Briefly describe the event that became known as “Freedom Summer.” What does this episode from Civil Rights Movement history teach us about the dynamics of social change?
There are two parts to this exercise. The first set of questions asks you to evaluate the primary source documents that have been distributed to you. You will do so by responding to the five (5) specific questions in this section.
The second part of the exercise is an essay question that you will answer after having given thought to the primary sources that you have examined and assessed. You will find the preface to the essay question at the bottom of this page; the essay question begins on the back. It is recommended that you make reference to these primary sources in your essay.
Both sections require responses that have been informed by your readings of the textbook, your viewing of the episode “Mississippi: Is This America?” and your development as a historian through the semester. And do remember that these responses are to reflect original work produced by you. Any indication that what you submit is not original to you will result in a “0” for the exercise.
Section I Interpreting the Evidence (50 Points)
- Describe and analyze the purpose for Freedom Summer outlined by the Student Non-Violent Coordinating Committee’s “Prospectus.” What was the group trying to do? (Document #1)
- Describe the role non-southern white volunteers played in the Freedom Summer project and explain the advantages and disadvantages they brought to Mississippi. (Document #2)
- Examine the arguments the Charleston Postmade to discredit Freedom Summer. What were its arguments? Did they sound familiar to you? How so? (Document #3)
- Evaluate the testimony of Fannie Lou Hamer. Her testimony was presented as a means to gain support for the Mississippi Freedom Democratic Party. Given what she described as having happened to her, why do you think she ended her testimony, in part, with “Is this America?” (Document #4)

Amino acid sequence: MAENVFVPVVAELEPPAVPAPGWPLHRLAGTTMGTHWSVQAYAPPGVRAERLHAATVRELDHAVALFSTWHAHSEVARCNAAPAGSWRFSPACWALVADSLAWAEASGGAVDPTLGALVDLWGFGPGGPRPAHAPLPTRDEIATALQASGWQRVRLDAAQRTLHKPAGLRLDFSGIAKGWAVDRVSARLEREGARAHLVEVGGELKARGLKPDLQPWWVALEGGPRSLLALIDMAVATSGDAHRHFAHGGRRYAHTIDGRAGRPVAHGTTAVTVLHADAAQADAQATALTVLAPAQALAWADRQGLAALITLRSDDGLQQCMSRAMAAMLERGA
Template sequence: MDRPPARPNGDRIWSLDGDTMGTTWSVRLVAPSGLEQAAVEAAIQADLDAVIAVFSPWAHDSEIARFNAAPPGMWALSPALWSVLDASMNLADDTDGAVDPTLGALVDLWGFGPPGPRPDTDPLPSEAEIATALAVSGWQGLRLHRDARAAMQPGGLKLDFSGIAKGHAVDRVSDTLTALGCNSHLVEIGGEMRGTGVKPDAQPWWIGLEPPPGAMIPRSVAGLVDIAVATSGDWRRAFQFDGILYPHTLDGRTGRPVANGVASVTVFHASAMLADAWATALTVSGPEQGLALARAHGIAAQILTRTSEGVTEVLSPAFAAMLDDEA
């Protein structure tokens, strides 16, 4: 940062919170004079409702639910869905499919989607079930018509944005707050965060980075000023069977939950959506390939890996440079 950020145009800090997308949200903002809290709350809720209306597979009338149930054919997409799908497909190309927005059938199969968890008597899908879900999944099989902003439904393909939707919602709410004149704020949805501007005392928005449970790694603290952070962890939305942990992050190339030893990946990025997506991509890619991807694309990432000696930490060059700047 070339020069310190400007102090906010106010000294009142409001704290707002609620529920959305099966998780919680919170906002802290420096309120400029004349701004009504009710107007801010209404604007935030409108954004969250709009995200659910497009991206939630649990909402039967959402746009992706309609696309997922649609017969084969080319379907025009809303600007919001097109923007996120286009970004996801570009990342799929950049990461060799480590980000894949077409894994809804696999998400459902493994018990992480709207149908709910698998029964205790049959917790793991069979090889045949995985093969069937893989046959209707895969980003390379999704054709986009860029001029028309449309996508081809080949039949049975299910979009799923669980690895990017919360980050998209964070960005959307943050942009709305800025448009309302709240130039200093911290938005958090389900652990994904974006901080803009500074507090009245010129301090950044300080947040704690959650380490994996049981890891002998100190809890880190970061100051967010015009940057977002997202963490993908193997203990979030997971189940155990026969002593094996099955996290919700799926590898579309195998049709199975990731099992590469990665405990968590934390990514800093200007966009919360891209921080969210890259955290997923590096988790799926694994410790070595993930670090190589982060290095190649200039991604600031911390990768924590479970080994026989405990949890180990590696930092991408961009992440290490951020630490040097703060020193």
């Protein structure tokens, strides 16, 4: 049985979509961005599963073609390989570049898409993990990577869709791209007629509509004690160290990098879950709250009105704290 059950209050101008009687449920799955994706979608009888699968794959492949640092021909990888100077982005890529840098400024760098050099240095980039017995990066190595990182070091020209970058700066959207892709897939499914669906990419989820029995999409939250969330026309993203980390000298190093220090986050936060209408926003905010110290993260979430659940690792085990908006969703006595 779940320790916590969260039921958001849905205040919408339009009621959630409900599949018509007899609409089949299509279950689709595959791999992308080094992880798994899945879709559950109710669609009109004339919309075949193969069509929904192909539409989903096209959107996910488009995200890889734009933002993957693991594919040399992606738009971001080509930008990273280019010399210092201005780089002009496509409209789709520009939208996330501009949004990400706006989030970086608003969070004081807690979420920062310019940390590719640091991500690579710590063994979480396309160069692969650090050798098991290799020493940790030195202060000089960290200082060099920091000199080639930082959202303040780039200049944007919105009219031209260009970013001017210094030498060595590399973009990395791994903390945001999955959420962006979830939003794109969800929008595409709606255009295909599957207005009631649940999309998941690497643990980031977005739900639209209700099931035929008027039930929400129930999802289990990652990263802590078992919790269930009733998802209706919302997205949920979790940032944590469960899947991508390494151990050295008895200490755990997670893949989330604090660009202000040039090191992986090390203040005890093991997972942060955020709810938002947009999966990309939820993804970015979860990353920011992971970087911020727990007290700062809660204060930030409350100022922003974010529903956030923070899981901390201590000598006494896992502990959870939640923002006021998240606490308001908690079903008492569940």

- Explain President Johnson’s views toward seating the MFDP delegation. What was he trying to accomplish? Why did he not want the MFDP delegation seated? (Document #5)
Part II The Essay Question
Utilizing the primary source documents that you have examined and the “Mississippi: Is This America?” documentary that you have viewed, respond to the question below. Adequate length will be determined by how satisfactorily each and all questions are answered. Be sure to address ALL of the questions presented.
YOU ARE THE HISTORIAN
Briefly describe the event that became known as “Freedom Summer.” What does this episode from Civil Rights Movement history teach us about the dynamics of social change? Explain. In your response, be sure to address the role of local people, the role of civil rights organizations, the role of northern white students, and the relationship between local people/out-of-the-area activists and the federal government. Assess the impact of the Reconstruction Syndrome on Mississippi whites as well as the determination of African Americans, who in the words of Victoria Gray, believed that “one of the things that made the delegation of the Mississippi Freedom Democratic Party so hopeful, you know, so expectant, was the fact that people had made a discovery, a discovery that there is a way out of, you know, much of what is wrong with our lives.” Would you say that Freedom Summer was successful or unsuccessful? Could it have been both? Explain.
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Tennessee State University
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